Doctors can seldom explain why one person gets non-Hodgkin's lymphoma and another does not. It is clear, however, that cancer is not caused by an injury, and is not contagious; no one can "catch" non-Hodgkin's lymphoma from another person.

By studying patterns of cancer in the population, researchers have found certain risk factors that are more common in people who get non-Hodgkin's lymphoma than in those who do not. However, most people with these risk factors do not get non-Hodgkin's lymphoma, and many who do get this disease have none of the known risk factors.

The following are some of the risk factors associated with this disease:

• Age/Sex -- The likelihood of getting non-Hodgkin's lymphoma increases with age and is more common in men than in women.
• Weakened Immune System -- Non-Hodgkin's lymphoma is more common among people with inherited immune deficiencies, autoimmune diseases, or HIV/AIDS, and among people taking immunosuppressant drugs following organ transplants.
• Viruses -- Human T-lymphotropic virus type I (HTLV-1[?]) and Epstein-Barr virus are two infectious agents that increase the chance of developing non-Hodgkin's lymphoma.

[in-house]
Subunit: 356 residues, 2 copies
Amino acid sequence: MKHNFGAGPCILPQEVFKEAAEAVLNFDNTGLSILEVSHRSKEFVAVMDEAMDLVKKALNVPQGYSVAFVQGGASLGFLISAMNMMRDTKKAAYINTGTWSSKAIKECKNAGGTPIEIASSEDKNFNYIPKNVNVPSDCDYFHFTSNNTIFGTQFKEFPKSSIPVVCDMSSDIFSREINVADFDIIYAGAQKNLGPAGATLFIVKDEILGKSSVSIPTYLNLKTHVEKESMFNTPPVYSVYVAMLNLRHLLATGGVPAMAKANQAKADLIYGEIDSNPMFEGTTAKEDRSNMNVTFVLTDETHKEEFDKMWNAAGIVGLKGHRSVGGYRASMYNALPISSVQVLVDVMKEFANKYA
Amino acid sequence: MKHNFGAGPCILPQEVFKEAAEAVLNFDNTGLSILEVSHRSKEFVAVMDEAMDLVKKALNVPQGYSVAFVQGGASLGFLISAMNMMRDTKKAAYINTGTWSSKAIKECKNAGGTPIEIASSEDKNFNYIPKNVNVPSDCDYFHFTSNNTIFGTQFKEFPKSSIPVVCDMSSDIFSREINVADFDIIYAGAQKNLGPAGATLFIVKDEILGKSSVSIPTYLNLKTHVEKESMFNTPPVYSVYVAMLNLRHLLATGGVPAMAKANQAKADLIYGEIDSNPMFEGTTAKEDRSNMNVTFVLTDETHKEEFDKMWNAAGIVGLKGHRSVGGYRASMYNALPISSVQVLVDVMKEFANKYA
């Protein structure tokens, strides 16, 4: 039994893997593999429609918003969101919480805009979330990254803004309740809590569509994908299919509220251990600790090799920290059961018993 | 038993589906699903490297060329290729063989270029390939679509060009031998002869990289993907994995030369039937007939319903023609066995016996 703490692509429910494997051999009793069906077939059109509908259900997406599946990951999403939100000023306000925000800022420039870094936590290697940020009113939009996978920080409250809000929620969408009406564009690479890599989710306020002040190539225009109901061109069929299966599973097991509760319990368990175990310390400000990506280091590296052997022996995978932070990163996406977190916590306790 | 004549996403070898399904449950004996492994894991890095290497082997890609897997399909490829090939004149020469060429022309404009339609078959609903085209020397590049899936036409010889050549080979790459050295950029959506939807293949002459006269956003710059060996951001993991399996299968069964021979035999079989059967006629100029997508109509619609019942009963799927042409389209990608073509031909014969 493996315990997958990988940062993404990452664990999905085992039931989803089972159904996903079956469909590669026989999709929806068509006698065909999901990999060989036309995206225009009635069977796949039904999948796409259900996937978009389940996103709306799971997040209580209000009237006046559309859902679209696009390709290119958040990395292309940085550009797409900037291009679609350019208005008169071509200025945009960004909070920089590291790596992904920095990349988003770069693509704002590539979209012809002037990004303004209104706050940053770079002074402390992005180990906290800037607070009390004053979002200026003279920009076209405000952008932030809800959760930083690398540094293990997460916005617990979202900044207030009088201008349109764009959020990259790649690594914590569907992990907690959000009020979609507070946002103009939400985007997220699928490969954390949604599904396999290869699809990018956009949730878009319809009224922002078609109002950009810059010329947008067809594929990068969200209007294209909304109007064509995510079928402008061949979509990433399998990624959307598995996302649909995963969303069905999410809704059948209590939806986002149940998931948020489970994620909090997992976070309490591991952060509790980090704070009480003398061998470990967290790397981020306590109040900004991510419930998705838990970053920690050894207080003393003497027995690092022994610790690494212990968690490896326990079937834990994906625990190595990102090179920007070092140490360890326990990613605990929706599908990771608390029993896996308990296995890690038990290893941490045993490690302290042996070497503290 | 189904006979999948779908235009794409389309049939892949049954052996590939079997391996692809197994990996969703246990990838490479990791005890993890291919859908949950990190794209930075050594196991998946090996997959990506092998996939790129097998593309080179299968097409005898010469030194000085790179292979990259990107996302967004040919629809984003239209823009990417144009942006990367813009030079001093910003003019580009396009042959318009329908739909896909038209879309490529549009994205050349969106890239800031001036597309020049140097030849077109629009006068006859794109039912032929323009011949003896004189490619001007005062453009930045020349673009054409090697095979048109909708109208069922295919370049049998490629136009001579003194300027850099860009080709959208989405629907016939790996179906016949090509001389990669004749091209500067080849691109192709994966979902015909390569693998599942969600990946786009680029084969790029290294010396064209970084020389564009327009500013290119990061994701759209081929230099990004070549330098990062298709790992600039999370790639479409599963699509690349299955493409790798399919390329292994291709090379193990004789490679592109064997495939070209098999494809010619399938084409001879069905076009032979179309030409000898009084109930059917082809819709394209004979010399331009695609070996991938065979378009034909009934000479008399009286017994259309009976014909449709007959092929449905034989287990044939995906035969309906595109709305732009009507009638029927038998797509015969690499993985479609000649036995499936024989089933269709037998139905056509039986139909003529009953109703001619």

• Environment -- People who work extensively with or are otherwise exposed to certain chemicals, such as pesticides, solvents, or fertilizers, have a greater chance of developing non-Hodgkin's lymphoma.

People who are concerned about non-Hodgkin's lymphoma should talk with their doctor about the disease, the symptoms to watch for, and an appropriate schedule for checkups. The doctor's advice will be based on the person's age, medical history, and other factors.

References:

• Information about detection, symptoms, diagnosis, and treatment of non-Hodgkin's lymphoma. NIH Publication No. 99-1567 Posted: 08/16/1999, Updated: 01/22/2002 (source of original version of this article)

The original version of this article was edited down from the wab page http://www.cancer.gov/cancerinfo/wyntk/non-hodgkins-lymphoma As a work of an agency of the U.S. Federal Government, this should be a public domain resource that can be used as source material for Wikipedia.

Notable persons treated for Non-Hodgkin's lymphoma include Jackie Kennedy Onassis, Senator Paul Tsongas[?], and the Shah Mohammed Reza Pahlevi of Iran.

All Wikipedia text is available under the terms of the GNU Free Documentation License